Skip to main content

How to use billing descriptors to decrease chargebacks

For ecommerce merchants, the descriptor they use to identify the charge is of paramount importance because a consumer can’t always connect a product he received in the mail with the line item on his credit card statement. This confusion can lead to the initiation of a chargeback. In many cases, the consumer indeed made the purchase, but sincerely does not recognize the charge on the bill. Therefore, a carefully chosen billing descriptor could be a simple solution to help reduce these chargebacks

What is a billing descriptor?

A billing descriptor is the explanation of a transaction that appears on a customer’s credit card statement. It is meant to help customers positively identify their card transactions by including information about the date of each payment and the company from which it was purchased. The length of a billing descriptor is usually limited to between 20 to 25 characters, plus the merchant’s phone number at the end. It is meant be as direct as possible and take advantage of the full-length allowance, providing customers with a detailed reminder of what has been purchased.

There are two types of billing descriptors: A default billing descriptor (static) and a dynamic descriptor.

The default billing descriptor (static) is the name of a merchant’s authorized processing company that appears the same for every transaction. This is commonly used when a company offers a single product or service to customers.

For example, Dan and Joe’s Restaurant Ltd. 123-456-78902

The dynamic descriptor allows modification of the description field in a customer’s statement and can be customized according to the product or service purchased. They can be configured on a per transaction level, making it possible for each transaction to have a different description. Dynamic descriptors give merchants the opportunity to provide additional details and are usually used by businesses offering multiple products or services.

For example, if a customer purchases bike tyres from Dan and Joe’s Bike Shop, and another customer purchases bike chains, the billing descriptor would appear differently on their respective statements:

DNJ*BIKE TIRES 123-456-7890 and DNJ*BIKE CHAINS 123-456-7890

Why the billing descriptor is important for chargebacks

Receiving Visa’s Chargeback Reason Code 75 is never good news for merchants. MasterCard’s corresponding reason code is 4863. Both are codes for “cardholder does not recognize transaction,” which means that a customer either could not identify the transaction on his or her statement or thought it was incorrect. When a customer calls his or her issuing bank to dispute or report the transaction in question, a chargeback is triggered.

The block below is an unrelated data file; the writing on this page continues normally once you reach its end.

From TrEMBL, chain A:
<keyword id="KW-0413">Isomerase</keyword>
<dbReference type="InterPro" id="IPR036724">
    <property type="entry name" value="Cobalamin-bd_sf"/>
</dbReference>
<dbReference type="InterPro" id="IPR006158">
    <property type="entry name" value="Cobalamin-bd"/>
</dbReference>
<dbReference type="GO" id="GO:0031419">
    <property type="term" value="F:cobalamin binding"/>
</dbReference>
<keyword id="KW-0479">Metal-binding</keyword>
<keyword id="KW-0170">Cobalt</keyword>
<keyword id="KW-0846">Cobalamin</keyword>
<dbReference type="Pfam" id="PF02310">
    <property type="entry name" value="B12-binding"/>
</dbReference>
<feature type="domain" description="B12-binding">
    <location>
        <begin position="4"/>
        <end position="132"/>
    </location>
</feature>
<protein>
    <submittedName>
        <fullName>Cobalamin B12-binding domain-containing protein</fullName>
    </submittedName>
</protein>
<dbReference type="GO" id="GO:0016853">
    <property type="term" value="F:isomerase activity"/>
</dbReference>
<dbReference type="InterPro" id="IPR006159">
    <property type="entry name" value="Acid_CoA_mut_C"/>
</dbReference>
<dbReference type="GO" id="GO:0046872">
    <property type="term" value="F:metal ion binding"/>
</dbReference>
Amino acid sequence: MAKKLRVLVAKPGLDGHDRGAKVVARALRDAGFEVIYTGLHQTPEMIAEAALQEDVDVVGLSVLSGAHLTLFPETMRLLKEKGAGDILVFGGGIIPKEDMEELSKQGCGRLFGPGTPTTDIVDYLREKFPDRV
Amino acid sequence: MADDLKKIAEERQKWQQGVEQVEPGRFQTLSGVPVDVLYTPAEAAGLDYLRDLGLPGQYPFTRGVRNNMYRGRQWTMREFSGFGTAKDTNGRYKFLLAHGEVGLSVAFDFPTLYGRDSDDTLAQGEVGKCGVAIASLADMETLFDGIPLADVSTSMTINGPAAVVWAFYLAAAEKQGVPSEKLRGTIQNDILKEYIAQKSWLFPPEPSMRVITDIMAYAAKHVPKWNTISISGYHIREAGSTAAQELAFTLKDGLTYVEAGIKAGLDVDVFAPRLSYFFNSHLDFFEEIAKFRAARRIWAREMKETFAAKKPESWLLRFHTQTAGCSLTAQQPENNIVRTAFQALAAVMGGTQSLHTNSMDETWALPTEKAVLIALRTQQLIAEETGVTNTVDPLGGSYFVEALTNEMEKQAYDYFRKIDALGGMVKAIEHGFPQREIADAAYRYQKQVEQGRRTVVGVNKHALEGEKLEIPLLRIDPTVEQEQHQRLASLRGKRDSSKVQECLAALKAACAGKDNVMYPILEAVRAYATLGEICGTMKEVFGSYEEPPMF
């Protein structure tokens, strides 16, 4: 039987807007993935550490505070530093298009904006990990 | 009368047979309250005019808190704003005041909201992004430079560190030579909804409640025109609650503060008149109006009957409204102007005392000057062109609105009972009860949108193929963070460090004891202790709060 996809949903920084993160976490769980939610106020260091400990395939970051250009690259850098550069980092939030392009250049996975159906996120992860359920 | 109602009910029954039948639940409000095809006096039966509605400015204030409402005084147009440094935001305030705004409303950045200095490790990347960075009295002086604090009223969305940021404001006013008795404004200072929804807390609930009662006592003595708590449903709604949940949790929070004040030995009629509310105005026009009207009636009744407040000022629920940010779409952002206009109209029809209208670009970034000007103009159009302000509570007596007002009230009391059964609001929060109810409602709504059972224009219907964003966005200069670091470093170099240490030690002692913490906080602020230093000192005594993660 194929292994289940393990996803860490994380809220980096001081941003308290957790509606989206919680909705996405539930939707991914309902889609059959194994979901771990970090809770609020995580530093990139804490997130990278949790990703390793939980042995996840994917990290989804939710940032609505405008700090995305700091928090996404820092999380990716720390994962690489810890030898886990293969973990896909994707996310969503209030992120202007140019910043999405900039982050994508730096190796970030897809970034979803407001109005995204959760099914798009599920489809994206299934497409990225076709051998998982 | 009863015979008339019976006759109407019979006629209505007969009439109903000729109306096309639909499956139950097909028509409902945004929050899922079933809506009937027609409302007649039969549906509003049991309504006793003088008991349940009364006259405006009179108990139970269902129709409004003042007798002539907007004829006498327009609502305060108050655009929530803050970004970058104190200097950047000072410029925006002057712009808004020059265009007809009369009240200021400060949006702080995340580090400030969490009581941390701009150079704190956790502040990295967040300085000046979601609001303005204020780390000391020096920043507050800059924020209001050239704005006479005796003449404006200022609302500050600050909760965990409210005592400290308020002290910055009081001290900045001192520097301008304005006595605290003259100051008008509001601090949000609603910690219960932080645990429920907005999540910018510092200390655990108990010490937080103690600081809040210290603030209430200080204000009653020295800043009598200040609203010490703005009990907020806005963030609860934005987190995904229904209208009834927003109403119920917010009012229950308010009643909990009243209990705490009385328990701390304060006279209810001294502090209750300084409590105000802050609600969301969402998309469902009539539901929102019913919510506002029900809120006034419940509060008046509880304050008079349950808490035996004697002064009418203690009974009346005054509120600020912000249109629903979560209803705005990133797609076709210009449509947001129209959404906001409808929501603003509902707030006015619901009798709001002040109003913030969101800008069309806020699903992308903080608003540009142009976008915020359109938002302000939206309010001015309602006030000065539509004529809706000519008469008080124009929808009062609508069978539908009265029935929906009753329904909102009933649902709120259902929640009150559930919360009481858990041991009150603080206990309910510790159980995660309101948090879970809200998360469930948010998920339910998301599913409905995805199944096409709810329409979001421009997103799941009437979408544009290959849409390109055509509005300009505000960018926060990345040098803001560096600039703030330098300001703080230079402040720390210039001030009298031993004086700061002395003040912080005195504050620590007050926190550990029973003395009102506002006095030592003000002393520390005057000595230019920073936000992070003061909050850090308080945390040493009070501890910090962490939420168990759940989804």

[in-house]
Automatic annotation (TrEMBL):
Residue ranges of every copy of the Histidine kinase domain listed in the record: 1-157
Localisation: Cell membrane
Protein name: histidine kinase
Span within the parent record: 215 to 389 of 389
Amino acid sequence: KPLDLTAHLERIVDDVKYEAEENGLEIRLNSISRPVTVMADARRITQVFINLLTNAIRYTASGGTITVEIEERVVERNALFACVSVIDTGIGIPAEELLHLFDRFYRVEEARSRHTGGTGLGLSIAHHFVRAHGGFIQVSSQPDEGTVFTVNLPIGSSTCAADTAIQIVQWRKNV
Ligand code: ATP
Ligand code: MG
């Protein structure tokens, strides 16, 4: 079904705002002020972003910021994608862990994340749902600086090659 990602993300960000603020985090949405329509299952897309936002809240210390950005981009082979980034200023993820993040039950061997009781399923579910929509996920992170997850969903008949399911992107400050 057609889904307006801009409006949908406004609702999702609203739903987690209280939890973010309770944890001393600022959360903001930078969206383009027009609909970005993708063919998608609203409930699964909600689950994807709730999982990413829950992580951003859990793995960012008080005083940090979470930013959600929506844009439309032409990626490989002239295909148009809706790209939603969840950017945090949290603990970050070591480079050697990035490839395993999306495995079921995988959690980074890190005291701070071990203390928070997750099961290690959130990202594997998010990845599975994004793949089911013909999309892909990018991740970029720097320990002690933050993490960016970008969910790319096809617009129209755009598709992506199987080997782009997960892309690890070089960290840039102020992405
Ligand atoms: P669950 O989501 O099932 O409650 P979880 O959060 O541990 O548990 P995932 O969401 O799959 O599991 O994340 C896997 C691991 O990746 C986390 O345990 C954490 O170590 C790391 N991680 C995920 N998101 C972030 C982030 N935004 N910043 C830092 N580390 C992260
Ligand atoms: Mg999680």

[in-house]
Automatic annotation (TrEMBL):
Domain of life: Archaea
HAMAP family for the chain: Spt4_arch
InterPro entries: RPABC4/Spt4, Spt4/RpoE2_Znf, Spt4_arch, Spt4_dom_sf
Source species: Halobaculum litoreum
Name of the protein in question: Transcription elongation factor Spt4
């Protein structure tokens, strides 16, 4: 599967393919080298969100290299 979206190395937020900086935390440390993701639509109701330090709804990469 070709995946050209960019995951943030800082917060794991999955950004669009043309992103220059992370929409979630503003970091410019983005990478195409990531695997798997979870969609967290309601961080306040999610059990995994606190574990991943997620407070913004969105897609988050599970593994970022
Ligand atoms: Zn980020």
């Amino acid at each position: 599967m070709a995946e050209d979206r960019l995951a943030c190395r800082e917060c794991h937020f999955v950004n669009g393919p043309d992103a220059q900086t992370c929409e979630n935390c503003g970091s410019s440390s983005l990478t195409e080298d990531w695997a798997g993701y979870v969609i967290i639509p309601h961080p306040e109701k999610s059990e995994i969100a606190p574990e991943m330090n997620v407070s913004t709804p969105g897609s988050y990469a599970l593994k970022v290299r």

Once a chargeback is initiated, a merchant must go through the hassle of providing documentation or information to assist the customer in recognizing the transaction and prove the validity of the purchase. Examples of such documents include shipping invoices, delivery receipts and sales receipts.

Providing a clear and comprehensible billing descriptor can help customers recognize transactions on their statements easily, thus reducing the number of chargebacks and allowing merchants to save time and maximize profits.

Below are some best practices for optimizing your billing descriptor:

1. Use your ‘Trading As’ (T/A) name

Businesses commonly operate under a legal name as well as a T/A name. If these names differ, you should always include your T/A name in the billing descriptor, since it is more likely to be recognized by your customers.

2. Simple descriptors are the best

Keep your descriptor simple and to the point to avoid any confusion.

3. Include a phone number for customer support

This can be added in the second part of the billing descriptor and is not included in the 20-25 character limit. If a customer is presented with your contact information, they may opt to call your business with any concerns regarding the product, instead of reporting the transaction to their issuing bank for a chargeback. This may be added to the ‘city field’.

4. Ensure exposure of your billing descriptor

Familiarize your customers with the name of your business by ensuring your T.A. name is visible throughout your website. This will help customers easily recall your business when they view their credit card statement. If a customer copies and pastes the descriptor into an online search engine, your business should ideally be on the first page of the search results.

5. Send out test transactions

This is so you can ensure the formatting of your billing descriptor is correct before you start operating.